Shakespeare

Wednesday, we’re talking about Julius Caesar. You can probably guess why we’re having the conversation. A New York production of Shakespeare’s work recently caused a stir when the play’s director made Julius Caesar look a lot like Donald Trump. The problem is of course that Caesar gets assassinated. So, we’re talking about Julius Caesar the man, Shakespeare’s play, and the relationship between art and politics.

A production of Shakespeare’s The Two Noble Kinsmen is opening this weekend in Salt Lake, and if you’re intimidated by the Bard’s language, here’s the good news: it’s in modern English. Oregon Shakespeare Festival hired 36 playwrights to rework Shakespeare, among them the University of Utah’s Tim Slover. But here’s the question: after 400 years, should we be messing with William Shakespeare? Doug talks to scholars Daniel Pollack-Pelzner, James Shapiro, and to Slover about “translating” a classic.

Photo by Karl Hugh. Copyright Utah Shakespeare Festival 2016

Utah Shakespeare Festival is performing Much Ado About Nothing, and we’re using it as an excuse to talk about Shakespeare’s women. Scholar Kate McPherson says few Elizabethan playwrights created female characters as rich as the Bard, and that Much Ado is his most sophisticated play about women. It features Beatrice, a feisty and fearless lady who has forsworn love. McPherson, actor Kim Martin-Cotten, and director David Ivers join us to talk about Beatrice and the challenges and opportunities afforded women in Shakespeare’s world.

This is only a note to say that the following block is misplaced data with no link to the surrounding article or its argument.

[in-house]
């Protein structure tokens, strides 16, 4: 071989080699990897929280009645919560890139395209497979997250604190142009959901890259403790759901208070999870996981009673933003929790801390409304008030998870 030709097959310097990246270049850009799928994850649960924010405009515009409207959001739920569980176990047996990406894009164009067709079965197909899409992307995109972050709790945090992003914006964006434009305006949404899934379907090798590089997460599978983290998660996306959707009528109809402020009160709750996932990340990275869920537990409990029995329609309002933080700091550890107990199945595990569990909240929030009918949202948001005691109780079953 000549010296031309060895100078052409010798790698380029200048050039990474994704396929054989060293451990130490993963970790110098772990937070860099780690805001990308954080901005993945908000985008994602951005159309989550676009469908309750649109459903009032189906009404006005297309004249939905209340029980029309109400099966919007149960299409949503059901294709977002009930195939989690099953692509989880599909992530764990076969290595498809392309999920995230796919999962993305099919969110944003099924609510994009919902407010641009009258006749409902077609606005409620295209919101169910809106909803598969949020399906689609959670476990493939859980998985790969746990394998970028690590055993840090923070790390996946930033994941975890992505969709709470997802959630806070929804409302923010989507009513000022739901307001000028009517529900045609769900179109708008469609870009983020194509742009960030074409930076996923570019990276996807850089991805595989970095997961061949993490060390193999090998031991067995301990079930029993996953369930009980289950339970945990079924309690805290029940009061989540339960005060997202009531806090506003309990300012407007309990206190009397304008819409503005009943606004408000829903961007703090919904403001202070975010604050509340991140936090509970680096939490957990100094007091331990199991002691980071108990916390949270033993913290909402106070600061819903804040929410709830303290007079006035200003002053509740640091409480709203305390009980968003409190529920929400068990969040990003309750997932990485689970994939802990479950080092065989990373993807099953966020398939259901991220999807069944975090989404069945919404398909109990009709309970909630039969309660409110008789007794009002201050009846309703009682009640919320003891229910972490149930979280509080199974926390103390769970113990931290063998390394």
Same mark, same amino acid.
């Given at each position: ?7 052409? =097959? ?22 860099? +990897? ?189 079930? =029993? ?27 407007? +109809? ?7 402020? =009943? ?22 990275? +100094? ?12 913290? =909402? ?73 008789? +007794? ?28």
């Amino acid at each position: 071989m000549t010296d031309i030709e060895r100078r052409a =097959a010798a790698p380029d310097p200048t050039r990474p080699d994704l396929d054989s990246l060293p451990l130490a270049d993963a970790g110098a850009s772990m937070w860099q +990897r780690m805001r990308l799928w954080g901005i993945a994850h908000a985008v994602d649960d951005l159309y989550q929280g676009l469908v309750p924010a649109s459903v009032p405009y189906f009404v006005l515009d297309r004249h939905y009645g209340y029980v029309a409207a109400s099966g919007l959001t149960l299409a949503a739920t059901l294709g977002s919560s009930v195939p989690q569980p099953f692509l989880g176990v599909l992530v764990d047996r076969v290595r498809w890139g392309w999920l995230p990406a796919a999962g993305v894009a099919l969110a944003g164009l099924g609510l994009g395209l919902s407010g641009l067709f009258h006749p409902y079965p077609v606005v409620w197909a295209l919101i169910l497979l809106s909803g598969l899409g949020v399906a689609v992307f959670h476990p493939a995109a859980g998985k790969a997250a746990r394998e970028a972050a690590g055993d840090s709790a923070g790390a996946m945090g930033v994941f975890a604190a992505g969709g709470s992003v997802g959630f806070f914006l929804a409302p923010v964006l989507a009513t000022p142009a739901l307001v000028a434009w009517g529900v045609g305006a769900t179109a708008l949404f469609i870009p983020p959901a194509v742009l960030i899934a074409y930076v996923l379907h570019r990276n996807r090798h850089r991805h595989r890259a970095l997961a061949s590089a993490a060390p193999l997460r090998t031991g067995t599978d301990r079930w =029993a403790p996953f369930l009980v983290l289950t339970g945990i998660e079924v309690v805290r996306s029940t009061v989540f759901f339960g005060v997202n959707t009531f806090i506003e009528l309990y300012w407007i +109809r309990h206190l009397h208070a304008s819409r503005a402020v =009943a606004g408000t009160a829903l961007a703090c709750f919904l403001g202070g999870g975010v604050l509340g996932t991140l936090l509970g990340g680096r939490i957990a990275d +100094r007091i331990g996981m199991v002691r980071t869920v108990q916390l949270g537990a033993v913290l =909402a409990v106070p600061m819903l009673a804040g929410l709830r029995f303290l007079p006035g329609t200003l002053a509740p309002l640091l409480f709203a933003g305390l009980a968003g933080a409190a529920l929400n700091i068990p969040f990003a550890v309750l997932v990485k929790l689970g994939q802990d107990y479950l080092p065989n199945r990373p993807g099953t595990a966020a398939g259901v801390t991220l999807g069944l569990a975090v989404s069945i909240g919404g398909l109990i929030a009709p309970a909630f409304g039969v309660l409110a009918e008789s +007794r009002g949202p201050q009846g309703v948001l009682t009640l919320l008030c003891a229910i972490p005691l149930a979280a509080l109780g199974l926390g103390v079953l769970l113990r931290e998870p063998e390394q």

Henry V

Aug 25, 2016
Photo by Karl Hugh. Copyright Utah Shakespeare Festival 2016.

Thursday, we’re live at the Utah Shakespeare Festival with a look at the bard’s great history  Henry V. Director Brian Vaughn says the play represents a battle of conscience. Through two earlier works, Shakespeare’s audience knows Prince Hal as a wild and irresponsible young man. But now he has the crown, and must weigh right and wrong to grow into the role of king. We’ll talk about the character, how he’s been portrayed over time, and what the play has to say about leadership and authority.

Hamlet

Oct 16, 2012

The Utah Shakespeare Festival is staging Hamlet in Cedar City and it's giving us the chance to talk about the Bard's great tragedy. Among our guests is the scholar Eric Rasmussen, who says the play has not lost any relevance over 400 years. Even as he watches the Presidential debates, Rasmussen sees the question that faces Hamlet: which do you value more - action or measured contemplation? We'll talk about how Hamlet has been understood over time and what it still has to teach us today.